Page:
This interesting word has an even more interesting etymology. According to http://english.stackexchange.com/questions/103878/why-does-tomnoddy-mean-dunce,¬†tomnoddy was originally “dodman,” which meant “snail.” “Dodman” changed into “hodmadod” which meant “snail,” but it also came to mean “a deformed or clumsy person” which brings us one step closer to being¬†an¬†insult.¬†Since “hodmadod” just wasn’t strange enough, the word morphed into “hoddy-doddy” which also meant “snail,” as well as “a short and stout person” and “a fool, blockhead, or simpleton.” After “hoddy-doddy” came “hoddypoll.” This word had nothing to do with snails, thank goodness, and meant a “fumbling inept person.” Then came “noddypoll” which was shortened to “noddy,” which meant “stupid person.” Then noddy met Tom, and together, they became tomnoddy.¬†And of course, that brings us back to Tolkien.

The most famous quote using tomnoddy is from Tolkien. He uses it in the quote at the beginning of the post and also in the song that Bilbo sang, from the chapter “Flies and Spiders.”

Old Tomnoddy, all big body,

Old Tomnoddy can’t spy me!

Tom Noddy is also the stage name of an¬†American entertainer. He performs on TV¬†and all over the world. His “bubble magic” act involves clear and smoke bubbles, building structures with them, and creating cube bubbles.

I couldn’t find a video where someone actually said the word tomnoddy. But I did find a clip of the spider scene from The Desolation of Smaug. I think that was a wasted opportunity to have Martin Freeman sing the spider song from the book! ūüėČ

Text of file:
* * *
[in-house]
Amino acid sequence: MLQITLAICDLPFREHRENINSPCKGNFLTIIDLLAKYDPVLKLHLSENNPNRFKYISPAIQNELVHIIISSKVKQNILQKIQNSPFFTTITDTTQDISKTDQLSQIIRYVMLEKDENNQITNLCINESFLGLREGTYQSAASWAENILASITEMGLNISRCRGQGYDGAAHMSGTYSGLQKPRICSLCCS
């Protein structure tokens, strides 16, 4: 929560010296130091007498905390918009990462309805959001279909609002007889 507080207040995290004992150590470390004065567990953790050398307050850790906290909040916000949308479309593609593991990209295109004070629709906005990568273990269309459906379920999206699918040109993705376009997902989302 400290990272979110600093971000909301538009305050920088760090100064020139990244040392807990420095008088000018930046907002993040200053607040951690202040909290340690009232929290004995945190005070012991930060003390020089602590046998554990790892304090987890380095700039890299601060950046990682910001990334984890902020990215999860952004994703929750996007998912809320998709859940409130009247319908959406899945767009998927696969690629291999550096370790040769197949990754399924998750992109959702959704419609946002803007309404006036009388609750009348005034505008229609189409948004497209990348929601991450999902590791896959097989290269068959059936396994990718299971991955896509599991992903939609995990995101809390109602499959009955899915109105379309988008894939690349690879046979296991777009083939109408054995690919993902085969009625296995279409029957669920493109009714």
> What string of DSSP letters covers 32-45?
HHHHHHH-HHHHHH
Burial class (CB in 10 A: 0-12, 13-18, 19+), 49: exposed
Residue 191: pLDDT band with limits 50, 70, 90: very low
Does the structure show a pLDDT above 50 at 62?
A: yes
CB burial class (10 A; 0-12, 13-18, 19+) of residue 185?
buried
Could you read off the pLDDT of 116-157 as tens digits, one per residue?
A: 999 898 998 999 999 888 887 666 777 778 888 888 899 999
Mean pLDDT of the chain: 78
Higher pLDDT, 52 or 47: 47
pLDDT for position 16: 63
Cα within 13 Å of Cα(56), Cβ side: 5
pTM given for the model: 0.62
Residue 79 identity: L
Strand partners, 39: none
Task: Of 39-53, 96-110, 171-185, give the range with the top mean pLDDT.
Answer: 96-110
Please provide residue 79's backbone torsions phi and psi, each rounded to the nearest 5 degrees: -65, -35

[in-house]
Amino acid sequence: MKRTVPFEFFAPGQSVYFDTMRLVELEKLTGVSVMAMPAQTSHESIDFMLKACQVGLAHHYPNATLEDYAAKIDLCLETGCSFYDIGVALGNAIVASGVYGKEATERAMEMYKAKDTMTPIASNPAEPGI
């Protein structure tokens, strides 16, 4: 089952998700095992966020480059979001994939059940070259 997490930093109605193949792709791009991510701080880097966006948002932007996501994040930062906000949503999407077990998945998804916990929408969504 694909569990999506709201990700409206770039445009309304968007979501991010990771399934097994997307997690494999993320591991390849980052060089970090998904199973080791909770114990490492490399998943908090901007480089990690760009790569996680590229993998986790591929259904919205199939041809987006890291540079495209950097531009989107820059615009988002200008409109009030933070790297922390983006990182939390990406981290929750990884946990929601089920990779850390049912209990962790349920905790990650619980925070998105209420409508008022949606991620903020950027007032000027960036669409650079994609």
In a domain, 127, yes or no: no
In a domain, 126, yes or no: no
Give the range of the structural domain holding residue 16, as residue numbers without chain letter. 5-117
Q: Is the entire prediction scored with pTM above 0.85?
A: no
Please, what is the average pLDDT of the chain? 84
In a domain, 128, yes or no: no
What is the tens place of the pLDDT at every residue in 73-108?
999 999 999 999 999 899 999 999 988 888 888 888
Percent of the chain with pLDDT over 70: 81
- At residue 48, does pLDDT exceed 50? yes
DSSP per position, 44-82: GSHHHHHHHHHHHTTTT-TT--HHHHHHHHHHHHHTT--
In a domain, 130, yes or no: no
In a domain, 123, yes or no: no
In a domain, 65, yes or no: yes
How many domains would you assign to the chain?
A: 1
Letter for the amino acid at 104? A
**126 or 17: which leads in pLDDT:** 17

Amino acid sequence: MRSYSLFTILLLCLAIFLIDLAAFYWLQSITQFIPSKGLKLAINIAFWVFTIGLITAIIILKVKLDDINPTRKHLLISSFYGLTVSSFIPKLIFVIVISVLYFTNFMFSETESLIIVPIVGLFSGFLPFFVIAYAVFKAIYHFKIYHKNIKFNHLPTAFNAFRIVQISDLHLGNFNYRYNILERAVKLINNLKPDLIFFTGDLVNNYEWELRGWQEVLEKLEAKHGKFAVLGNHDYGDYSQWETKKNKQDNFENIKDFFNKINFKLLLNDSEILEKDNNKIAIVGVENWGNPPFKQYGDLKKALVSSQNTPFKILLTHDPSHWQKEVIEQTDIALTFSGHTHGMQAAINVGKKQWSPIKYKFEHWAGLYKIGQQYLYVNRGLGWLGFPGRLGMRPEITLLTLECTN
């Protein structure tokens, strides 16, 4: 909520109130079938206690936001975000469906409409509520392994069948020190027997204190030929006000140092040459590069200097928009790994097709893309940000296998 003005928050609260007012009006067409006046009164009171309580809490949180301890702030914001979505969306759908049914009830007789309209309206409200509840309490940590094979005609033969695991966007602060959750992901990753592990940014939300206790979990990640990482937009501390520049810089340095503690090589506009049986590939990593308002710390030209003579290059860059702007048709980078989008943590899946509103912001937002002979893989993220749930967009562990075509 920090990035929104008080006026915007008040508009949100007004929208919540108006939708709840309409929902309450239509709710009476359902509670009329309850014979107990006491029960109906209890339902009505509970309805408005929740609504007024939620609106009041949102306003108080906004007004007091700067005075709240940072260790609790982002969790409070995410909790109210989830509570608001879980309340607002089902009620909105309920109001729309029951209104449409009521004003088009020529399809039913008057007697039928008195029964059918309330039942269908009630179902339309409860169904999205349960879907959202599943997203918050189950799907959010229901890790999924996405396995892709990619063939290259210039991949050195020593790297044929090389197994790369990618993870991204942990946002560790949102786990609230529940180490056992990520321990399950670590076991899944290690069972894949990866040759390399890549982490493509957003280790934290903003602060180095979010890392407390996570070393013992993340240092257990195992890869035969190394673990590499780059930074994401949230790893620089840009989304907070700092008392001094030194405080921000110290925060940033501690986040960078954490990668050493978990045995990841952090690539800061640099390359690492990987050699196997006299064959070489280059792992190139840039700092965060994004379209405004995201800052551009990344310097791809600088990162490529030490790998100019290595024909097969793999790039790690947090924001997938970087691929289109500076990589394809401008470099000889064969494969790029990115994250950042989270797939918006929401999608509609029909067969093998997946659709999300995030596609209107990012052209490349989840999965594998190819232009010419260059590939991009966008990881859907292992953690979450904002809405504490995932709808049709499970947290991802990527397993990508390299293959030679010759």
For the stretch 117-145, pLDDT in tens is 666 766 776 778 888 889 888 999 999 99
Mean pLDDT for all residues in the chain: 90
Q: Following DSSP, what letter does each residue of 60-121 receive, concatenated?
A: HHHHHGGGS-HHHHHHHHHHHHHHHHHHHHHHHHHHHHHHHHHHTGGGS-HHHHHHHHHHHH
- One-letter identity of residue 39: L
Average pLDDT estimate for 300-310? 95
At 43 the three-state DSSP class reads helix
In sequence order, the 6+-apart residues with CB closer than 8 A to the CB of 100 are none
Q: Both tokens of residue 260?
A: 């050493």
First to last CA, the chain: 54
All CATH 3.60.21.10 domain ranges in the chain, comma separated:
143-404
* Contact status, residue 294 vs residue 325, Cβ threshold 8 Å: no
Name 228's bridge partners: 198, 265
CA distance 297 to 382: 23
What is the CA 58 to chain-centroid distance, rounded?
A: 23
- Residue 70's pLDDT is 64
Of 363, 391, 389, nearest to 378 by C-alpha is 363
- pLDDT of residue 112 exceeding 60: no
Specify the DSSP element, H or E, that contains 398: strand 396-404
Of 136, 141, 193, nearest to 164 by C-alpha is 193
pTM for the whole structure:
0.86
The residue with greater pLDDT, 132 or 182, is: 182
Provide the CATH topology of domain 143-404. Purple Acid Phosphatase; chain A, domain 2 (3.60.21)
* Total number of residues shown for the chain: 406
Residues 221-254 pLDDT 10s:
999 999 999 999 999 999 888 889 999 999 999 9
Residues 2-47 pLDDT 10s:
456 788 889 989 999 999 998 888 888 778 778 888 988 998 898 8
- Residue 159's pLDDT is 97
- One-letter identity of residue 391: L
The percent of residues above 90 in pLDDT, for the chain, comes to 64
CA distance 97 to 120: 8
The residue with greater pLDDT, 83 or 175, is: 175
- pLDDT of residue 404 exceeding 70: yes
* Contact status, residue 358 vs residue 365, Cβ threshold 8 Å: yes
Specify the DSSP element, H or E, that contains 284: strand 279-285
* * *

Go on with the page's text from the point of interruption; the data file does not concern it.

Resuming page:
Thanks for reading!

~ Kayla

An Interesting Word – Snickersnee

It is the Council of Elrond. Frodo has just told the Council he will take the Ring to Mordor, and Gandalf has agreed to help him see it done. Suddenly, Aragorn stands up and says, “If by my life or death I can protect you, I will. You have my snickersnee!” Wait a minute. That’s not exactly what happened, is it? You, the viewer of all Middle Earth movies, would protest. What is Aragorn talking about? Is he speaking in Elvish? Aragorn could pledge his life, honor, or sword, but his snickersnee?

Well, it turns out that if Aragorn had pledged his snickersnee to protect Frodo, he would have been correct. A snickersnee, according to The Free Online Dictionary, is an archaic word that means “a knife resembling a sword” or “the act of fighting with knives.” According to http://www.etymonline.com/index.php?term=snickersnee, the term snickersnee¬†was first used in the 1690’s and comes from the term “snick-or-snee” which was in turn derived from the Dutch phrase “steken of snijden” meaning to stick and to cut.¬†

There’s a Louis Carroll poem, Jabberwocky,¬†that mentions something similar to snickersnee, a snicker-snack.

“One, two! One, two! And through and through
The vorpal blade went snicker-snack!
He left it dead, and with its head
He went galumphing back.”

There’s also¬†another quote that includes a snickersnee¬†from W. S. Gilbert in The Mikado.

“Oh, never shall I / Forget the cry, / Or the shriek that shrieked he, / As I gnashed my teeth, / When from its sheath / I drew my snickersnee!”

Here’s a video that includes the definitions of some other interesting words, including snickersnee:

Since you can’t have too much Lord of the Rings, I included the extended edition Council of Elrond scene. Just imagine Aragorn saying, “You have my snickersnee!.” ūüėČ

If you’d like to know more about this cool word, you can read about it here:

http://www.worldwidewords.org/weirdwords/ww-sni1.htm

If you have a unquenchable desire to own a snickersnee, then I have great news for you! You can buy one off of Ebay!

http://www.ebay.com/sch/i.html?_trksid=p2050601.m570.l1313.TR12.TRC2.A0.H0.Xsnickersnee&_nkw=snickersnee&_sacat=0&_from=R40

Thanks for reading!

~ Kayla